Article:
RICHMOND, Sir William Blake (1842–1921), painter. ALS to Henry William Watkins 1890

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RICHMOND, Sir William Blake (1842–1921), painter. Autograph letter signed to ‘Mr Archdeacon’ [Henry William Watkins] , 3 sides of a bifolium, 8vo, Beavor Lodge, Hammersmith, January 20 1890, withdrawing his services in organizing a print to be made of his painting (of a Bishop) having received “a series of letters from Mr John --?-- Wilson of such an indirectly insulting character that I can have no further communication with him”, explaining that “The Bishop spoke to me about the engraving of the picture and hoped that I would see to it ………. Messrs Mawson, Swan & Morgan submitted to me the names of many engravers all of whom could not undertake the work under a year.  I therefore believing it would be perfectly in accord with the Bishop's feeling and therefore of the feeling of the committee, agreed to have the picture reproduced in Berlin by photogramme, as I have seen far more admirable work produced by that company than any mezzotint could produce.  I wrote and told Mr. Wilson that the picture was finished ….. I received no answer from him for nearly three weeks.  I wrote again, telling him that the copyright was mine that the picture was going to Berlin insured for £1,000 to be engraved: that I was waiting for the frame from Mr. Rushworth ……. It is quite evident to me that Mr. Wilson has prevented the frame being sent here for some reason of his own.  After my letter informing Mr. Wilson that I had reserved the copyright I received his cheque.  Mr. Wilson writes me curt letters to which I respond.  Today he sends me the enclosed; such a letter as during 30 years of dealings with gentlemen I have never received ……. I have nothing to do but to resign all further interest in the matter.  I was taking a great deal of trouble about it even to asking Dr. Lippman of Berlin to see the proofs all of which I should have funded myself, but as the secretary has taken the most unaccountable ground of suspicion he must look after the matter now himself as best he can”.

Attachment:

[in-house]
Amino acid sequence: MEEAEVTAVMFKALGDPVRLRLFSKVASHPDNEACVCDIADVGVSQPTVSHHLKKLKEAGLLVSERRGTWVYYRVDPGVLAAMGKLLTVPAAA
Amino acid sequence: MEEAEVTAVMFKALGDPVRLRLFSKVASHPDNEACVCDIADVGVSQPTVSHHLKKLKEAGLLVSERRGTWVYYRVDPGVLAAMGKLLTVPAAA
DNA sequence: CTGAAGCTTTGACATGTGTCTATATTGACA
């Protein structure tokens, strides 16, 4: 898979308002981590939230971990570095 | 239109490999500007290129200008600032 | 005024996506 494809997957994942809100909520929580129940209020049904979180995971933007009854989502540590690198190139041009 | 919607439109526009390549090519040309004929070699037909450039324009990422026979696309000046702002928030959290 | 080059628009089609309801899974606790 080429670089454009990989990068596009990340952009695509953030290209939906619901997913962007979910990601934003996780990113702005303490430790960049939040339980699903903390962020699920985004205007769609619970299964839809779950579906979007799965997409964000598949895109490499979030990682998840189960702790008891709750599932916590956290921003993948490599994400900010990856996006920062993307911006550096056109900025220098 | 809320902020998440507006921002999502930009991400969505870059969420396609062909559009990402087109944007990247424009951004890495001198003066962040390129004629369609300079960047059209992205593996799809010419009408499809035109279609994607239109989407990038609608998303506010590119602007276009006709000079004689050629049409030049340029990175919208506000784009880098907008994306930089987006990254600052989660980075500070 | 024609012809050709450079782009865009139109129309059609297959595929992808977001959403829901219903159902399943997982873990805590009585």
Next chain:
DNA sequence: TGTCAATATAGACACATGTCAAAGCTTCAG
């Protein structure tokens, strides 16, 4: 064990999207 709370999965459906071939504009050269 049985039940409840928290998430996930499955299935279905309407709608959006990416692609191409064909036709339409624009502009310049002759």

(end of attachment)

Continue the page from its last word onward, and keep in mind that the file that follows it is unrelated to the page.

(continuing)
This letter evidently concerns a print being made of the portrait painting by Richmond of the Bishop of Durham, Joseph Barber Lightfoot. The Bishop died on 21 December 1889, just a few weeks after Richmond painted him and a month before Richmond wrote this letter. The Archdeacon of Durham at the time was Henry William Watkins (1844-1922) who managed affairs before the consecration of the new Bishop, and doubtless played a key role in the trust fund set up under Lightfoot’s will assisgning the Trustees full ownership in his works and copyrights for the purposes of the Trust. John Wilson, with whom Richmond has taken great offence, appears to be the Secretary of the Trustees, and the core accusations between the two men appear to centre on the copyright issues in creating a print or engraving. Richmond’s oil painting of Joseph Barber Lightfoot is in the collections of Auckland Castle, the former residence of the Bishops of Durham.

The company Mawson, Swan and Morgan were successful manufacturing chemists based in Newcastle upon Tyne. Their partner Joseph Swan was inventor of the incandescent light bulb, and developed several important innovations in photographic negatives and prints.

Gabriel Lippmann (1845 –1921) was a physicist and inventor, who at the time this letter was written was conducting experiments in capturing colour in photographs, and which by 1908 won him the Nobel laureate in physics for his method of reproducing colours photographically.

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